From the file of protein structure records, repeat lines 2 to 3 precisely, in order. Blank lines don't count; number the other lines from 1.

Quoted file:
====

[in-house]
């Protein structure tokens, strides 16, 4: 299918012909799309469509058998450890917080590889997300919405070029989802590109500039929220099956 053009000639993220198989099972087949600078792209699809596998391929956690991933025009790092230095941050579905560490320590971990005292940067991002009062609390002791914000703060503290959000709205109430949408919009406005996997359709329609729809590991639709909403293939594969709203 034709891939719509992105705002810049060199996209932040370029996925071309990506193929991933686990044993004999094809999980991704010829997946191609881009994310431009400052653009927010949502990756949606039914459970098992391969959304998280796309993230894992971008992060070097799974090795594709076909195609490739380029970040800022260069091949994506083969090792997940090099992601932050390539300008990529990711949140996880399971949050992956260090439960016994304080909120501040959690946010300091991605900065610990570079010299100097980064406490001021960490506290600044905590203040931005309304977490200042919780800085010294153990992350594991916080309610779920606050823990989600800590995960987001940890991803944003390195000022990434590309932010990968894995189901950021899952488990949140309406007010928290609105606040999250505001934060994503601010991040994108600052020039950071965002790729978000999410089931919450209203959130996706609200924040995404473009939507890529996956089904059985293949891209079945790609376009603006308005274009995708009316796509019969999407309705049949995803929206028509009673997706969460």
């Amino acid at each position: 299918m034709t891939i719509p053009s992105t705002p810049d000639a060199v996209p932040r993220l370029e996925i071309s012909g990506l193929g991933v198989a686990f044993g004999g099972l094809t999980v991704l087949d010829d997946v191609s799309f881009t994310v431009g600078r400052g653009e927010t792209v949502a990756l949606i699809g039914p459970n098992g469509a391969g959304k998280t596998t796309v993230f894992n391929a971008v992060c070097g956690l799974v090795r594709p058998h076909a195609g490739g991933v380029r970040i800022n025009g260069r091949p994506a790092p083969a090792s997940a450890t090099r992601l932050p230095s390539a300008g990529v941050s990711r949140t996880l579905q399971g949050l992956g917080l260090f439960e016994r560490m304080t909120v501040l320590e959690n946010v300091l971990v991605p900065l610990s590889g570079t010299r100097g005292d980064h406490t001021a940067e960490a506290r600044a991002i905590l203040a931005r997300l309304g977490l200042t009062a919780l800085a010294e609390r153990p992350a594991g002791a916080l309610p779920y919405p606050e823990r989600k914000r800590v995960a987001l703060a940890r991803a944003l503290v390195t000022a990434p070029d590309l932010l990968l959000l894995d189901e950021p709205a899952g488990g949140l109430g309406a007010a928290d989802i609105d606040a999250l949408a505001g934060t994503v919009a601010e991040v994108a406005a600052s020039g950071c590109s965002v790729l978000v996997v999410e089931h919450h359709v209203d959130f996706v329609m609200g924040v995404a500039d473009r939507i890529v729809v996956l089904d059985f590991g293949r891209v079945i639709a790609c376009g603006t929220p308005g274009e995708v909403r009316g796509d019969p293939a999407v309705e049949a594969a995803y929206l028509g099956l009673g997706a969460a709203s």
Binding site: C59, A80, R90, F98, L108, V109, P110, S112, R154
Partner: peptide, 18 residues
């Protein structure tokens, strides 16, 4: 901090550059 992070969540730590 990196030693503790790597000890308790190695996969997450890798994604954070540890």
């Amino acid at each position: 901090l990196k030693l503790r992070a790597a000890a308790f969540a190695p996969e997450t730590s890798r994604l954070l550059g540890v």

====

């Protein structure tokens, strides 16, 4: 299918012909799309469509058998450890917080590889997300919405070029989802590109500039929220099956 053009000639993220198989099972087949600078792209699809596998391929956690991933025009790092230095941050579905560490320590971990005292940067991002009062609390002791914000703060503290959000709205109430949408919009406005996997359709329609729809590991639709909403293939594969709203 034709891939719509992105705002810049060199996209932040370029996925071309990506193929991933686990044993004999094809999980991704010829997946191609881009994310431009400052653009927010949502990756949606039914459970098992391969959304998280796309993230894992971008992060070097799974090795594709076909195609490739380029970040800022260069091949994506083969090792997940090099992601932050390539300008990529990711949140996880399971949050992956260090439960016994304080909120501040959690946010300091991605900065610990570079010299100097980064406490001021960490506290600044905590203040931005309304977490200042919780800085010294153990992350594991916080309610779920606050823990989600800590995960987001940890991803944003390195000022990434590309932010990968894995189901950021899952488990949140309406007010928290609105606040999250505001934060994503601010991040994108600052020039950071965002790729978000999410089931919450209203959130996706609200924040995404473009939507890529996956089904059985293949891209079945790609376009603006308005274009995708009316796509019969999407309705049949995803929206028509009673997706969460």
């Amino acid at each position: 299918m034709t891939i719509p053009s992105t705002p810049d000639a060199v996209p932040r993220l370029e996925i071309s012909g990506l193929g991933v198989a686990f044993g004999g099972l094809t999980v991704l087949d010829d997946v191609s799309f881009t994310v431009g600078r400052g653009e927010t792209v949502a990756l949606i699809g039914p459970n098992g469509a391969g959304k998280t596998t796309v993230f894992n391929a971008v992060c070097g956690l799974v090795r594709p058998h076909a195609g490739g991933v380029r970040i800022n025009g260069r091949p994506a790092p083969a090792s997940a450890t090099r992601l932050p230095s390539a300008g990529v941050s990711r949140t996880l579905q399971g949050l992956g917080l260090f439960e016994r560490m304080t909120v501040l320590e959690n946010v300091l971990v991605p900065l610990s590889g570079t010299r100097g005292d980064h406490t001021a940067e960490a506290r600044a991002i905590l203040a931005r997300l309304g977490l200042t009062a919780l800085a010294e609390r153990p992350a594991g002791a916080l309610p779920y919405p606050e823990r989600k914000r800590v995960a987001l703060a940890r991803a944003l503290v390195t000022a990434p070029d590309l932010l990968l959000l894995d189901e950021p709205a899952g488990g949140l109430g309406a007010a928290d989802i609105d606040a999250l949408a505001g934060t994503v919009a601010e991040v994108a406005a600052s020039g950071c590109s965002v790729l978000v996997v999410e089931h919450h359709v209203d959130f996706v329609m609200g924040v995404a500039d473009r939507i890529v729809v996956l089904d059985f590991g293949r891209v079945i639709a790609c376009g603006t929220p308005g274009e995708v909403r009316g796509d019969p293939a999407v309705e049949a594969a995803y929206l028509g099956l009673g997706a969460a709203s």